Would you say that this quick decision process that led to Syria strike could be somehow symptomatic for President Donald Trump and what opportunities and risks it carries, especially when we are talking about decisions like using military power? Read few comments.
Jack Goldstone, Professor of Public Policy, George Mason University
Speaking to an administration official who had served in both the Obama and now Trump administration, I am told that under Obama, it might take a dozen meetings to arrive at a decision; under Trump there may be a dozen decisions made in a single meeting! So the pace of decision making is now wholly different. In my own view, it now verges on the impulsive. As we have seen in the health care negotiations, Trump wants a quick and decisive outcome or he moves on to something else. He has no patience for prolonged discussions of complex matters that would spread difficult decisions over weeks or months.
The Syria decision puts countries like Iran, North Korea and even Russia and China on notice that a Trump administration will act swiftly when it feels that US interests demand it, or if it feels that “lines have been crossed.” This pattern of course raises the risks of unanticipated consequences and whether the administration will have “plan B” alternatives prepared if the initial steps do not achieve their goal. Yet it also raises the odds that other countries will cooperate more readily and respect US warnings if they know that swift military action may be forthcoming if agreements are not reached.
Mark Rozell, Dean and Professor of Public Policy, George Mason University
What many find worrisome is that Trump had previously been very clear that the US should not intervene in the affairs of other countries where there is no clear US interest at stake, and then suddenly he did the opposite. This seems a part of a pattern with him, that words don’t seem to matter and that he can take one position and then another and no one knows what he believes or how he might decide critical issues.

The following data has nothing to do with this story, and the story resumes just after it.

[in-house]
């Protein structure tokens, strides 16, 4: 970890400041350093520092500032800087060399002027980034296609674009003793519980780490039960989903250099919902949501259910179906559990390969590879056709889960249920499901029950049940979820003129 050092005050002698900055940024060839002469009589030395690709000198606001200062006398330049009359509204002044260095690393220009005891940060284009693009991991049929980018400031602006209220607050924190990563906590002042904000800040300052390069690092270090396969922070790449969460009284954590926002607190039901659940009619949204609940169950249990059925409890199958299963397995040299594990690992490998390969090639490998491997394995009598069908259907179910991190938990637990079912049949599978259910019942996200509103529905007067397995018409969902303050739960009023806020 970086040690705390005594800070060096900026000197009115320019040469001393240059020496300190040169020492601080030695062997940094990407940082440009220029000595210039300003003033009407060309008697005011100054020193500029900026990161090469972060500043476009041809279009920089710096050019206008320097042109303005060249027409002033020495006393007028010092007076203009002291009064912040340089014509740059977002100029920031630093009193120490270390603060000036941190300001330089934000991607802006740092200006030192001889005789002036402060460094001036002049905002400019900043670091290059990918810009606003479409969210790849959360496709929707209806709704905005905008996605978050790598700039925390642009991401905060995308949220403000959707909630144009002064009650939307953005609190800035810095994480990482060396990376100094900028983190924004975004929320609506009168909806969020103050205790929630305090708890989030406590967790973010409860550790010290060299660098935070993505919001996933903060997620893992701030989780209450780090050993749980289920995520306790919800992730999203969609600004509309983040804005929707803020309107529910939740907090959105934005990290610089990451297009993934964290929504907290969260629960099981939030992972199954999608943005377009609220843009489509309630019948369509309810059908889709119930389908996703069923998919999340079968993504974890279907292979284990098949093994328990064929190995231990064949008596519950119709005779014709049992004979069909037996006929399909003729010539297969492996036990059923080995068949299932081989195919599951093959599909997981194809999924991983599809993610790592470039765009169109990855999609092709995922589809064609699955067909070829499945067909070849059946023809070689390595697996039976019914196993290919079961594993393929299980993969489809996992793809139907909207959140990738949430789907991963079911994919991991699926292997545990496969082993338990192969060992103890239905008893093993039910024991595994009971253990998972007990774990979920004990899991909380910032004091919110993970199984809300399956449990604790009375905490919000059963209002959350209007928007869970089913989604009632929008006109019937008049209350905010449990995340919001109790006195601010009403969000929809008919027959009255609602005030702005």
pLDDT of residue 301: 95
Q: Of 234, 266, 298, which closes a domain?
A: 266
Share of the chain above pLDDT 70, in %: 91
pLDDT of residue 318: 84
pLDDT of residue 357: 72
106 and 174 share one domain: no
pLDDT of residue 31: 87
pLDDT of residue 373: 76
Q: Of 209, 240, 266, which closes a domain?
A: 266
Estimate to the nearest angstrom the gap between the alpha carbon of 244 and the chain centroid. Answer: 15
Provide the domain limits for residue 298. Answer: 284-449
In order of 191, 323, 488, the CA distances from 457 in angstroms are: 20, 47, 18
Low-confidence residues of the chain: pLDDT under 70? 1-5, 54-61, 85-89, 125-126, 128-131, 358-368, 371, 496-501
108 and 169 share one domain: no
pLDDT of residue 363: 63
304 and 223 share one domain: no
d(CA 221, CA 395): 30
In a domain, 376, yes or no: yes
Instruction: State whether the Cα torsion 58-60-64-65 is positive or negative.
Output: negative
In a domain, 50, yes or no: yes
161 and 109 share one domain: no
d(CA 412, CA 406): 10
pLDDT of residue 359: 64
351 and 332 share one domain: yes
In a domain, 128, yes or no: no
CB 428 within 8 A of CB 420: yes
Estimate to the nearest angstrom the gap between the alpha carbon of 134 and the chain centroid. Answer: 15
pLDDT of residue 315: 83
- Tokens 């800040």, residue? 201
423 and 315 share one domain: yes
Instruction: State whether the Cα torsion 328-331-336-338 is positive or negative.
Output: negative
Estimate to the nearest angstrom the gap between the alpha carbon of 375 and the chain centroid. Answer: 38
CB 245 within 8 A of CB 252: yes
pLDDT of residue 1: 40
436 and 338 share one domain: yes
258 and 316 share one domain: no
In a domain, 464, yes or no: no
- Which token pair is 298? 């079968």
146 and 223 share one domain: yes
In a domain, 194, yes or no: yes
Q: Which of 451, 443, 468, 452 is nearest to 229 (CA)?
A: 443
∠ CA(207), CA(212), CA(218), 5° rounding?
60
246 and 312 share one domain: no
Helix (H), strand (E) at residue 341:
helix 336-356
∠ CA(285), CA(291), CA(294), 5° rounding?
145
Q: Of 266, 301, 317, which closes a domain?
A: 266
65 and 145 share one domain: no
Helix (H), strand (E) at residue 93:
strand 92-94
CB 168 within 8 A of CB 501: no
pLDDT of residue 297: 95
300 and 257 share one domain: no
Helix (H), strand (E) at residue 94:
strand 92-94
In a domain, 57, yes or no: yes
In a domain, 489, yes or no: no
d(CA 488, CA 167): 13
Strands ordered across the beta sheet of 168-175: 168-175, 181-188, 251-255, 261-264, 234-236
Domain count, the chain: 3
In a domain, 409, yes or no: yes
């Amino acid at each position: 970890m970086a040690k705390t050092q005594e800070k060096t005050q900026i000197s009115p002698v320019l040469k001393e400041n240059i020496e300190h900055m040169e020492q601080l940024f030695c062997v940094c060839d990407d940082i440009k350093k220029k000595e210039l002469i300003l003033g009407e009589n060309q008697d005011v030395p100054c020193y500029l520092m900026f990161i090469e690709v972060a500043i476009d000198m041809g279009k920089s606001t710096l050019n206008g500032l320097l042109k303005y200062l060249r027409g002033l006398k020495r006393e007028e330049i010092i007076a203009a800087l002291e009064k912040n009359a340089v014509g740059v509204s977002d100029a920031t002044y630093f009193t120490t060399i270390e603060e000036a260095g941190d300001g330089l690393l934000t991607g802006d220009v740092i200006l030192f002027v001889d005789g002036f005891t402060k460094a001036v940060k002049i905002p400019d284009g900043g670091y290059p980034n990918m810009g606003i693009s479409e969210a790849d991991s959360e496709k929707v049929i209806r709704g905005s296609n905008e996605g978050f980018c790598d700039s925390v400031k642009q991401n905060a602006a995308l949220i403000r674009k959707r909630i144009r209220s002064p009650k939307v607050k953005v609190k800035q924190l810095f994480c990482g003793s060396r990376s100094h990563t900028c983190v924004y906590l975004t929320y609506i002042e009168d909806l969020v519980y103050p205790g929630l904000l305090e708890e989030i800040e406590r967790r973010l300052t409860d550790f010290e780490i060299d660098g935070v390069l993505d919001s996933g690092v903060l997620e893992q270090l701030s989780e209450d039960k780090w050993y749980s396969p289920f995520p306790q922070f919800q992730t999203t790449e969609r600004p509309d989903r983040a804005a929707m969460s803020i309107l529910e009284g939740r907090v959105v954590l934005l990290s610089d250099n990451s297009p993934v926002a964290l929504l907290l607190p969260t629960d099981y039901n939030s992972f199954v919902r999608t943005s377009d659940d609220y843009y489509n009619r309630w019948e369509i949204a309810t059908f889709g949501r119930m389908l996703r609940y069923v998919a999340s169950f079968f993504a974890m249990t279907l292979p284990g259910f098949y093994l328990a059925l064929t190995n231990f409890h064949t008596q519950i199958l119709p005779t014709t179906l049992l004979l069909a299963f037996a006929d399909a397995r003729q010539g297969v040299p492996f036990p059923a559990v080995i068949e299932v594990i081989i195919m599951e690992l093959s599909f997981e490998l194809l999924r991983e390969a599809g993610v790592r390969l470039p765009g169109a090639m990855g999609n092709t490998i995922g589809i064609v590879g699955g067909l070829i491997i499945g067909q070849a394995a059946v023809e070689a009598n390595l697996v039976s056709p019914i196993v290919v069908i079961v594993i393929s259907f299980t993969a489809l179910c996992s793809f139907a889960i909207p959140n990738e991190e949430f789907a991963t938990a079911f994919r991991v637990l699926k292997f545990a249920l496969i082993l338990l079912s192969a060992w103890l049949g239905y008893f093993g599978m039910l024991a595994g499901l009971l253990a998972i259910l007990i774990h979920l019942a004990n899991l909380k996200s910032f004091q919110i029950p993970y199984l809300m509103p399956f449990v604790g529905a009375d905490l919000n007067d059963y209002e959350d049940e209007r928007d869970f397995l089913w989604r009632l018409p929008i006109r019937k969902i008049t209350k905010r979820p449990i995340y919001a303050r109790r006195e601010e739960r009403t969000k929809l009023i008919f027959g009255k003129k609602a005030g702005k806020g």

It is quite a major shift to say that Congress declares war and presidents cannot act unilaterally, and then to ignore Congress and act unilaterally.
David Mislan, Assistant Professor, School of International Service, American University
It’s hard to make sense of the Trump administration’s foreign policy because of its incoherence. There are specific values that inform Trump’s politics, but it’s difficult to see how they translate to action. The missile strike in Syria is a good example of this; there is no articulated goal, nor can one be teased out from the administration’s brief justification. Further, the strike contradicts the White House’s previously stated goal of eliminating ISIS. Weakening Assad strengthens ISIS, and vice versa.
This leads me to conclude that the missile strike was not a goal-driven action, but instead an emotional response to the horrific images broadcast following last week’s chemical weapons attack. What this says about Trump’s way of making foreign policy is not good for the United States or the national interest, which require deliberate and rational policymaking. Whether this week’s strike is a unique phenomenon or the start of a troubling pattern is uncertain, but I fear (because of the president’s lack of experience, his shown inability to take expert advice, and his bombastic personality) that we are looking st the latter.